3 cities may have unnecessarily cut off power to homes

Some cities in Northern California appear to have inadvertently instituted rolling blackouts on Tuesday after a miscommunication with the state’s electrical grid operator, the California Independent System Operator, amid the historic heat wave.

At least three cities in the Bay Area began the alternating outages Tuesday night: Alameda, Healdsburg and Palo Alto. Each city is a member of the Northern California Power Agency, or NCPA, a non-profit common power authority.

Another member, Lodi in San Joaquin County, said its energy agency, Lodi Electric, was asked to turn off power at 6 p.m. Tuesday and then turned off power to 1,372 customers in several neighborhoods at 6:20 p.m. pm, after the NCPA told Lodi “we were able to restore power and we were on standby,” said Mary Campbell, public information officer for the city of Lodi.

But at 8:30 p.m., Lodi officials said on the city’s Facebook page that they heard the “order to unload the cargo to Lodi was incorrect”.

“NCPA has informed Lodi Electric that there was a communication error between them and Cal ISO that caused NCPA to give the order to Lodi and other NCPA members,” the city said.

Lodi resident Larry Whitted was one of thousands of customers affected by the accidental fluctuating power cuts on Tuesday night. Whitted said he received a text message about ten minutes after the power went out saying: “CAISO has declared a system emergency. Lodi has to get rid of cargo. Within 30 minutes, there will be a one (1) hour power outage in your area. Medical emergencies, call 911.”

His power was out for about 45 minutes, Whitted said. While he had anticipated a possible outage and believed the outage was “not a problem for us,” Whitted said he was annoyed by media reports and official statements claiming California saw no intermittent power outages Tuesday night.

“Gavin Newsom” tweeted that there were no emergency outages, but I know there were because I was in one of them,” Whitted said.

NCPA members include Lodi, Alameda, Healdsburg, Palo Alto, Santa Clara, Biggs, Gridley, Lompoc, Redding, Roseville, Shasta Lake, and Ukiah.

California ISO said at about 5:30 p.m. Tuesday that electricity supplies were running low amid unprecedented demand as the record-breaking heat wave in California strained the grid. The independent system operator moved into phase 3 emergency operations, which allowed it to instruct utilities to initiate shutdowns if necessary.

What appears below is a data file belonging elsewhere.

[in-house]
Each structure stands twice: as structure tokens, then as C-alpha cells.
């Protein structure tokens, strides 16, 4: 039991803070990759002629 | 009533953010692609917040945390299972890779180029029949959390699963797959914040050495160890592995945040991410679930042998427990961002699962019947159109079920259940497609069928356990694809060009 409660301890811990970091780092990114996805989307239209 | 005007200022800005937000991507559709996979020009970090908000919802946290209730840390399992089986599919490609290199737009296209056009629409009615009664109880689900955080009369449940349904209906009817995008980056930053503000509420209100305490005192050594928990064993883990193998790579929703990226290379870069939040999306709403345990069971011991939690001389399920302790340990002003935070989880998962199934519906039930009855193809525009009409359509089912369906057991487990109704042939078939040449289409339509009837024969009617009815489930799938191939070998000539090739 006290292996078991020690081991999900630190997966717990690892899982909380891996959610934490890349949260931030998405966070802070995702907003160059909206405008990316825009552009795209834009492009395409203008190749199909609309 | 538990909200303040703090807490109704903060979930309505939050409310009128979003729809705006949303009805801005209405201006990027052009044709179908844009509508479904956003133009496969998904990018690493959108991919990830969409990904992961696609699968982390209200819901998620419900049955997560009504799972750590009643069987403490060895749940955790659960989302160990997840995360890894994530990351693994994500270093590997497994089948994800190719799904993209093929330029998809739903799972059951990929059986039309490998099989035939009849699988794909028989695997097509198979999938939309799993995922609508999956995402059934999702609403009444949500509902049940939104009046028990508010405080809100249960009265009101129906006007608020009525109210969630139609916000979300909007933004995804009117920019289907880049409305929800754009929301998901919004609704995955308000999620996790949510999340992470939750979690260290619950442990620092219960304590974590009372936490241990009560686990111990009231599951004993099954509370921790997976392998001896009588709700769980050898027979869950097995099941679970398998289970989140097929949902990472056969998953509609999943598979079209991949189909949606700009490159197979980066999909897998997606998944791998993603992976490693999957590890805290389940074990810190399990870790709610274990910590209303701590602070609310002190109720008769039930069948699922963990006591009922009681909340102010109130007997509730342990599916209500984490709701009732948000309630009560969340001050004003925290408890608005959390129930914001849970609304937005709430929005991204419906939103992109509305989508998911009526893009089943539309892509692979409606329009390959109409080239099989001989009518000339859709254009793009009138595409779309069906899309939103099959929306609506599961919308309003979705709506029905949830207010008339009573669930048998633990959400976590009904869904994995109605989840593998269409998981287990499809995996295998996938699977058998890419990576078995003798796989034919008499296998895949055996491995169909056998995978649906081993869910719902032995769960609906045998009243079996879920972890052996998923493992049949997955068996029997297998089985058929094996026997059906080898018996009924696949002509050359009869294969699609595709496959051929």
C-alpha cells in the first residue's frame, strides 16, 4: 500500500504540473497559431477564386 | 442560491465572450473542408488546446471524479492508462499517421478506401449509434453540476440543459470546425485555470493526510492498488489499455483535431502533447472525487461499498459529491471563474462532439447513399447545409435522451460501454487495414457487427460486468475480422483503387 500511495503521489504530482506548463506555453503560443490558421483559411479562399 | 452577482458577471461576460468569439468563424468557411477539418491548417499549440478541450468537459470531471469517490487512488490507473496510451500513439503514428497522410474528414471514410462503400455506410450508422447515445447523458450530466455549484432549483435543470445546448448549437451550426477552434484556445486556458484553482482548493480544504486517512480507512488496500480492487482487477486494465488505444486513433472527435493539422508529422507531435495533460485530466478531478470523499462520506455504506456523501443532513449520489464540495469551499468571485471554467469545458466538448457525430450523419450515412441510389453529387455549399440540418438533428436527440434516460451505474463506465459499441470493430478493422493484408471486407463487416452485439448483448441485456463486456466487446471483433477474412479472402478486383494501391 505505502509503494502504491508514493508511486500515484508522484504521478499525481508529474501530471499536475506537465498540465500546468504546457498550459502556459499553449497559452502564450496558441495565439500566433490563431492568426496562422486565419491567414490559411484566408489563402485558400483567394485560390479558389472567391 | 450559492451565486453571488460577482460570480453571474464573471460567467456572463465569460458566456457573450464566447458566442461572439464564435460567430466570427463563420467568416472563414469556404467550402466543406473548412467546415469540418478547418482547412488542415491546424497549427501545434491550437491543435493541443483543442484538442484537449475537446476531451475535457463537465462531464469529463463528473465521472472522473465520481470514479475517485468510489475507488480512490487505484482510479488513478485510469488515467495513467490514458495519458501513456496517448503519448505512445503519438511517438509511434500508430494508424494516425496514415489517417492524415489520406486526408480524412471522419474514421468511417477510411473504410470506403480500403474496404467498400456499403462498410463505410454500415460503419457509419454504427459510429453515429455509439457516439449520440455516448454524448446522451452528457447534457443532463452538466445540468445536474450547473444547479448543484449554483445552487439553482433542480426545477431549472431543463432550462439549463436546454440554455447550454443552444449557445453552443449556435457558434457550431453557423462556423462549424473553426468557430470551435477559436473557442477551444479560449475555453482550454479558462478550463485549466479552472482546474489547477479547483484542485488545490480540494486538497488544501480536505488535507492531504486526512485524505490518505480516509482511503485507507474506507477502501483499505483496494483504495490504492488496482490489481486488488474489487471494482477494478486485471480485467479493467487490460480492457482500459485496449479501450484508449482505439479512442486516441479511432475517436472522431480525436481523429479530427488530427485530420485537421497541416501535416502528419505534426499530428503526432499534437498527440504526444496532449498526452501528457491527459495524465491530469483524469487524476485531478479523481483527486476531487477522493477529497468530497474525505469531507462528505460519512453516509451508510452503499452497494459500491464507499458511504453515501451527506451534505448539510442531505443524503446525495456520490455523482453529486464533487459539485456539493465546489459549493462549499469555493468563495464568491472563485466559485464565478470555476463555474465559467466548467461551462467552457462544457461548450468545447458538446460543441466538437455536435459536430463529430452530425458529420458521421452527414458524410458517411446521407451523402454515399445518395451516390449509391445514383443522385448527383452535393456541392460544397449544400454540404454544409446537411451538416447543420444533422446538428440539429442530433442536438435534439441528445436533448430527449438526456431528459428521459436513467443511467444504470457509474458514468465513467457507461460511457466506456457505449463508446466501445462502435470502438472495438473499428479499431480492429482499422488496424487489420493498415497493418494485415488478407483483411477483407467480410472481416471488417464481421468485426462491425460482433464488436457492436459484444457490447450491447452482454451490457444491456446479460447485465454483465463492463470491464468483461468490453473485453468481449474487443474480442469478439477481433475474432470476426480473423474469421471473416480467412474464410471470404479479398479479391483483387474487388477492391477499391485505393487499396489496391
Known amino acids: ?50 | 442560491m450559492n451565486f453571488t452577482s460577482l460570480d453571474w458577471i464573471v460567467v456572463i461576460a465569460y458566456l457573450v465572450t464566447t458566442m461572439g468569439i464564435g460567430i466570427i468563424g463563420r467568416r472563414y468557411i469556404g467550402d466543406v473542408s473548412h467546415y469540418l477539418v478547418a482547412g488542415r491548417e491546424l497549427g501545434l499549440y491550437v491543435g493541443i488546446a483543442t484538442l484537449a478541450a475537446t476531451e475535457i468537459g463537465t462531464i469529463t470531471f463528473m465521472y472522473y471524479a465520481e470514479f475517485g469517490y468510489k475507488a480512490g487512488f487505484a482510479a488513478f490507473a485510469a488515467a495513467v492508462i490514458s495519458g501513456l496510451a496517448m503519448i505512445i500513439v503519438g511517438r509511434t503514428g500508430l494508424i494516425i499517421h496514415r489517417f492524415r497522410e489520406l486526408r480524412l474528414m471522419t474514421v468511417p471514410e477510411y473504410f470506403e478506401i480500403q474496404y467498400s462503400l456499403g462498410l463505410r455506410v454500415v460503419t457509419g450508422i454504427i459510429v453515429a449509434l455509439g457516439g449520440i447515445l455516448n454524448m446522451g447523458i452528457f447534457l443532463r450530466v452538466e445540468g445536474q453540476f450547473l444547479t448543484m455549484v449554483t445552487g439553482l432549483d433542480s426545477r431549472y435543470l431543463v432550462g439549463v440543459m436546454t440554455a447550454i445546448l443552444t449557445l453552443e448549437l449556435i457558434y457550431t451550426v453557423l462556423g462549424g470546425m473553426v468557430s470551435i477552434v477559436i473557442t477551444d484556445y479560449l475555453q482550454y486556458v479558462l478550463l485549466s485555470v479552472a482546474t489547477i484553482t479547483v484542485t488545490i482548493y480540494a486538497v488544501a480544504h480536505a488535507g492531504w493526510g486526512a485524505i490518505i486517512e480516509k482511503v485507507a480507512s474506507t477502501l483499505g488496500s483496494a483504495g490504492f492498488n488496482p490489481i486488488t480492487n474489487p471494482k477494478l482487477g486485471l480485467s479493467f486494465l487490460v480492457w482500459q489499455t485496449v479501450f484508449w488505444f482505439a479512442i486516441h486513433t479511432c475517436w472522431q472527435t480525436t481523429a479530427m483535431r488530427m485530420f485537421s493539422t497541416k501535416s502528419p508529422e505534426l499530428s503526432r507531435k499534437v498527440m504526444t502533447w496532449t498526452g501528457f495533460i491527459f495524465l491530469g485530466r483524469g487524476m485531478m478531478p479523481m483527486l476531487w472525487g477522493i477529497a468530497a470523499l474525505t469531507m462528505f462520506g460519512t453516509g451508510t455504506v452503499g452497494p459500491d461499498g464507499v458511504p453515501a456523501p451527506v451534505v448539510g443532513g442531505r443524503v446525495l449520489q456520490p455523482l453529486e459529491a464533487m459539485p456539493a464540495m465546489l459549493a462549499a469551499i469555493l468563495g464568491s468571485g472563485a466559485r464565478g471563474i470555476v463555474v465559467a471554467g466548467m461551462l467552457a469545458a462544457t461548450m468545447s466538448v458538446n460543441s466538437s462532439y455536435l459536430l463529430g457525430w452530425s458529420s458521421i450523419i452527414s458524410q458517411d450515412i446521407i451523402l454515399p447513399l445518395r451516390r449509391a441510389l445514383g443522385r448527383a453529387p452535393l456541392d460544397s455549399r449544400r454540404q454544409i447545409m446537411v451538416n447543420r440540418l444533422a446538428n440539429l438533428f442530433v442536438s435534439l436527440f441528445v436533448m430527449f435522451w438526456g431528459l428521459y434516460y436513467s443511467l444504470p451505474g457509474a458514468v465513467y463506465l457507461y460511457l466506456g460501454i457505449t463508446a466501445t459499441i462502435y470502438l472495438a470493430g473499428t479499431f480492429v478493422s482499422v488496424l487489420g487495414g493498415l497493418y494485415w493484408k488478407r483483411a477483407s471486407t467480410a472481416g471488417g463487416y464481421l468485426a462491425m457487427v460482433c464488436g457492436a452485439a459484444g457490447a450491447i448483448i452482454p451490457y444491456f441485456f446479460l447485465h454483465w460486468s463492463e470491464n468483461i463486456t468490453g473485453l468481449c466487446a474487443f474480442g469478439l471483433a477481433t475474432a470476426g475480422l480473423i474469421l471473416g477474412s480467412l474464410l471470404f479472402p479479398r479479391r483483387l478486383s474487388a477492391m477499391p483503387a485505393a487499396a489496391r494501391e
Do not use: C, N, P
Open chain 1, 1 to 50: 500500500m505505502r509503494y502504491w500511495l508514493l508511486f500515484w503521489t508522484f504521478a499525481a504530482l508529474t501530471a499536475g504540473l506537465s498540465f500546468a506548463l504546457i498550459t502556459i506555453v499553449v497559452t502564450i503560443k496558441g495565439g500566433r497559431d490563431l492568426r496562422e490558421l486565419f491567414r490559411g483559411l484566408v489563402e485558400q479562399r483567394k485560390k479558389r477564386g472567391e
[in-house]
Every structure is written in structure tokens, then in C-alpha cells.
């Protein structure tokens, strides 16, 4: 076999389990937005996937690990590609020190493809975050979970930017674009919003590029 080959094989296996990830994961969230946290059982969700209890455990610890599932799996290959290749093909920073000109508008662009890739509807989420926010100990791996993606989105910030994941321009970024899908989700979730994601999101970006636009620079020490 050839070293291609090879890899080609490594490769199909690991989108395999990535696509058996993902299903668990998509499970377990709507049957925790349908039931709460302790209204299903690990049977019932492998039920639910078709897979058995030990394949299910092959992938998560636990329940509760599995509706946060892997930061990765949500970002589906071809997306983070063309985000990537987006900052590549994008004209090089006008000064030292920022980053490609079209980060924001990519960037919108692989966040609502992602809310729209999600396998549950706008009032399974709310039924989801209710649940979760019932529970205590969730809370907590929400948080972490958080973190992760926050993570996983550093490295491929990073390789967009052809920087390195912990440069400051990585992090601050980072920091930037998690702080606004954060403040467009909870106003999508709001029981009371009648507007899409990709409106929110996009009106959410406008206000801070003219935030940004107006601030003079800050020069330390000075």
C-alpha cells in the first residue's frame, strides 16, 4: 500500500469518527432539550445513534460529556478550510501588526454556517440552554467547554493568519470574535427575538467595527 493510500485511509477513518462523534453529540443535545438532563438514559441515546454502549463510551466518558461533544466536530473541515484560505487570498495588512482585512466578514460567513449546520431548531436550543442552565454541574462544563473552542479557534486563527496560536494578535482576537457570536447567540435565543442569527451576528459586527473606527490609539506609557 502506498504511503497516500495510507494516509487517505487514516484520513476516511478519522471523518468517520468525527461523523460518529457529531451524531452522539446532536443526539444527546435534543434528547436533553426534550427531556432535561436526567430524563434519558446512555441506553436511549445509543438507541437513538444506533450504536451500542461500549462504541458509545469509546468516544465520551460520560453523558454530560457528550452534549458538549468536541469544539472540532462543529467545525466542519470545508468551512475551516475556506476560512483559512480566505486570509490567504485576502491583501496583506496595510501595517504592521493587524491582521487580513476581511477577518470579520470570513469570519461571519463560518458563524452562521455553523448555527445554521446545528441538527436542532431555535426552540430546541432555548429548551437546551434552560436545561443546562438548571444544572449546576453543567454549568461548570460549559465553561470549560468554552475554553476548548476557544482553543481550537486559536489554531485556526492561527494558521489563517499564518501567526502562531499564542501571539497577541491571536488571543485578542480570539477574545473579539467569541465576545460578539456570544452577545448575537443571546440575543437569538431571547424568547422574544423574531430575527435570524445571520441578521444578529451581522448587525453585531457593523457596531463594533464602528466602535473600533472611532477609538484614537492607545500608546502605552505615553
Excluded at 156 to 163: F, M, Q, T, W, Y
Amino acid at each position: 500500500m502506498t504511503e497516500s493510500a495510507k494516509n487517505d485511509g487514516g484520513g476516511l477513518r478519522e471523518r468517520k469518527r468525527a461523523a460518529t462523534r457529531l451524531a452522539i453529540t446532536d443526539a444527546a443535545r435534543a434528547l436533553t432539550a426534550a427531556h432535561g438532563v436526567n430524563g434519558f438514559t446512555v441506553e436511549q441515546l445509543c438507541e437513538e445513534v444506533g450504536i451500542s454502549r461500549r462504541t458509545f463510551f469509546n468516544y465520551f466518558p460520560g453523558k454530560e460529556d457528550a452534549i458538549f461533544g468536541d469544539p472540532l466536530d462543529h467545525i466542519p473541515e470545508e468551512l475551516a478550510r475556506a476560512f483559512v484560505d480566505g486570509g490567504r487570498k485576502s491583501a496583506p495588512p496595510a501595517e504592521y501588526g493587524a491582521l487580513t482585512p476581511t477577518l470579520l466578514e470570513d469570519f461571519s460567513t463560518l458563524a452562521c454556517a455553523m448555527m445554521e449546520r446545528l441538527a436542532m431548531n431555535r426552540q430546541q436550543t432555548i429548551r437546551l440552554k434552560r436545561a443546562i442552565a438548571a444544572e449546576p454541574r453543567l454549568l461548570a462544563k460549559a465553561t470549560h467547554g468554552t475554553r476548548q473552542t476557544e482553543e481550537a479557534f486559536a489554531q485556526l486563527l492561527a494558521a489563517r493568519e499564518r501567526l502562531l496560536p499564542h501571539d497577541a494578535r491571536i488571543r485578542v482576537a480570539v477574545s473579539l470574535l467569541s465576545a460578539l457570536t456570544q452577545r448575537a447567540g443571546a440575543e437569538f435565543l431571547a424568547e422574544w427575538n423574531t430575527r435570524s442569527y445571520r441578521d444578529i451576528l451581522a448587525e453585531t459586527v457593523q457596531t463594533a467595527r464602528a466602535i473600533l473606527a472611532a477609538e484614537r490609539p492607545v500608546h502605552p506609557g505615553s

Varying outages in several California municipalities Tuesday night were not ordered by the grid operator and were the result of confusion and misunderstanding, grid CEO Elliot Mainzer said during a media call on Wednesday.

“These are clearly very rare situations, and a lot happened on the grid for everyone tonight. So we will double down on communication to make sure this doesn’t happen again,” Mainzer said.

Further strains on the grid are expected Wednesday, when peak demand is forecast at 51,243 megawatts – not far from Tuesday’s record of 52,061 MW. (More than 50,000 MW is extremely rare.) Another Flex Alert asking residents to save electricity was issued from 4 p.m. to 9 p.m.

Tuesday evening, Alameda said in a Facebook post that the California ISO has declared “a Level 3 alert from 6:00 pm to 8:00 pm, beginning our rollout of outages. We had to close 2 circuits, Marina Village and East End, and the shutdown will last 45-60 minutes.

A second hour of lockdowns on Bay Farm Island was canceled, the city agency said.

Alameda Municipal Stream issued a statement Wednesday morning stating that the NCPA had ordered Alameda to charge at around 5:45 p.m., resulting in power outages for 1,400 customers from 6:05 p.m. to 7:05 p.m. “If NCPA instructs us to tax to drop, AMP must act,” the statement read.

“In conjunction with the NCPA working with the CAISO, we are working to clarify procedures to ensure there are no unnecessary outages in the future,” the statement said.

The city of Healdsburg said around 6:20 p.m. Tuesday that it had been ordered by California ISO to turn off power for about an hour. About 90 minutes later, the city said the power outages were over due to lower system loads.

Palo Alto Utilities, the city’s municipal operator, said the power was being cut at about 6:30 p.m. in response to the state’s efforts to reduce electricity demand. The agency said about 1,700 customers in the Midtown, Old Palo Alto and Industrial Park were affected by the outage. About half an hour later, the utility said power had been restored after California’s ISO allowed it.

Jordan Cowman, a spokesman for Palo Alto Utilities, said on Wednesday they were one of several utilities contacted and authorized to begin the shutdowns. He said he believes the NCPA and California ISO were working together, but did not say who gave the Palo Alto Utilities the approval.

“We (turned off the power) up to the amount requested from our utility and then we got everything off,” Cowman said.

Representatives from the City of Healdsburg and the NCPA did not immediately respond to a request for comment.

Some residents across California, at many utilities, including Pacific Gas & Electric Co., have also faced unplanned outages during the heat wave as the extremely high temperatures cause power equipment such as transformers to fail. These differ from intermittent power outages or pre-planned outages to reduce the risk of wildfires.

Jessica Flores (she/her) and Claire Hao are staff writers for the San Francisco Chronicle. Email: [email protected], [email protected], Twitter: @jesssmflores, @clairehao_

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